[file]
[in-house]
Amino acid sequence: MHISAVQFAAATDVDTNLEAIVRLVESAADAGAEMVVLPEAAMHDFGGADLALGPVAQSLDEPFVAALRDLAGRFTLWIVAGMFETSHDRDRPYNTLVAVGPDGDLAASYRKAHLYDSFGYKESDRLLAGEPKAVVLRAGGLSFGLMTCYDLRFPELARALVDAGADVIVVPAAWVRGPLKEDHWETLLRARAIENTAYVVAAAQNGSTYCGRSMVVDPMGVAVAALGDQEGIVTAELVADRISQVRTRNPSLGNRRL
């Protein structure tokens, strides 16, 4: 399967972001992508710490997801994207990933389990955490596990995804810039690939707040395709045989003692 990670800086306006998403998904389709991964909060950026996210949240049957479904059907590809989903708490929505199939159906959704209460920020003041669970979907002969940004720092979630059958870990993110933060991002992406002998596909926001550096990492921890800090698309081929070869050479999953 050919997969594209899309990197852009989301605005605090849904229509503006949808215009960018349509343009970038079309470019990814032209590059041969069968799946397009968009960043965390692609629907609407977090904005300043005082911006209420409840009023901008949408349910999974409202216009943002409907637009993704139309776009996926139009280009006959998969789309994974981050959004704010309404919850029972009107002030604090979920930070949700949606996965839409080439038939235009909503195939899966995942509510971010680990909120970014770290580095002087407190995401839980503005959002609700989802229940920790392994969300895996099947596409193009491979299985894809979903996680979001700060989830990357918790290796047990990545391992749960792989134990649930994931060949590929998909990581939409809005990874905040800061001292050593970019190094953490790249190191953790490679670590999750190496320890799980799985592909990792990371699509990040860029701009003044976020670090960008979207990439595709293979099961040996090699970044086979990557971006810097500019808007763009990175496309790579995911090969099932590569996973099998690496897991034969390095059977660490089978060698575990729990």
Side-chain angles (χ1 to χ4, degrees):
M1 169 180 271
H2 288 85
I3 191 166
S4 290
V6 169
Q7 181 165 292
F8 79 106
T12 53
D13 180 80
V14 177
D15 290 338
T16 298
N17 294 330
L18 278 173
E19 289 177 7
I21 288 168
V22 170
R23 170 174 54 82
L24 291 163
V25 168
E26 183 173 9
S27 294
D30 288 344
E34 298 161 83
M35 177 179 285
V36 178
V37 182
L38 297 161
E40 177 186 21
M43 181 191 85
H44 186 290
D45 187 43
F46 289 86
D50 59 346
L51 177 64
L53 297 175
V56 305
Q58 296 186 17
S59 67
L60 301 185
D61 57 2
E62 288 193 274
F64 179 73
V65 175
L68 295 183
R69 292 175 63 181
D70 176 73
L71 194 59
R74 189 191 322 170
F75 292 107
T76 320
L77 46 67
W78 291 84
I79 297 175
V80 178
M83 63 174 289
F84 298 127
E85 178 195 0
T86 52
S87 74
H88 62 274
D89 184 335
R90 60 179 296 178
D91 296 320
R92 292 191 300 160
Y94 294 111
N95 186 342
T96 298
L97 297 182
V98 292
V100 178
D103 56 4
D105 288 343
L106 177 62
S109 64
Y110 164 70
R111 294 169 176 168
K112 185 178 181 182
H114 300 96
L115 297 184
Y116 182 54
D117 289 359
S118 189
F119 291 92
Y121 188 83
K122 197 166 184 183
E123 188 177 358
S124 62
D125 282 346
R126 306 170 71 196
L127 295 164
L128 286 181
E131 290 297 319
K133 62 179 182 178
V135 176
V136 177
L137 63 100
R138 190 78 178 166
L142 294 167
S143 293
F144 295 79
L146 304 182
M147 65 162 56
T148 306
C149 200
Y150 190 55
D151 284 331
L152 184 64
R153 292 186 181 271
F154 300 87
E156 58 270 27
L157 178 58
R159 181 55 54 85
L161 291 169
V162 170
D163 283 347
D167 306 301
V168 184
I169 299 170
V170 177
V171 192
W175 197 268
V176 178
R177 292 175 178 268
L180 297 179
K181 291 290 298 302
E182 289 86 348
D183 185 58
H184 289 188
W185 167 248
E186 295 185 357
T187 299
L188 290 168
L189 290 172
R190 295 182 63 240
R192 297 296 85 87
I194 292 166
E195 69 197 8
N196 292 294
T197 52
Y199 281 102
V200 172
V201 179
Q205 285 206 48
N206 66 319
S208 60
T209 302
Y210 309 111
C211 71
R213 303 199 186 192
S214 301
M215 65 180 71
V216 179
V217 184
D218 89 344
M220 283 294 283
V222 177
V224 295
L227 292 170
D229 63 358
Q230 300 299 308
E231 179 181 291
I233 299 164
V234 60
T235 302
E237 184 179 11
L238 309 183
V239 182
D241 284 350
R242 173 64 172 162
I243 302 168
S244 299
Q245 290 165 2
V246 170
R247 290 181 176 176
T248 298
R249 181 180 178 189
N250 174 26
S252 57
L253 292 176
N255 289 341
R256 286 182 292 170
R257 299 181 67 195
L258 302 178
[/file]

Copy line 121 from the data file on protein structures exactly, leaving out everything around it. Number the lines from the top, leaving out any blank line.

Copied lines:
D167 306 301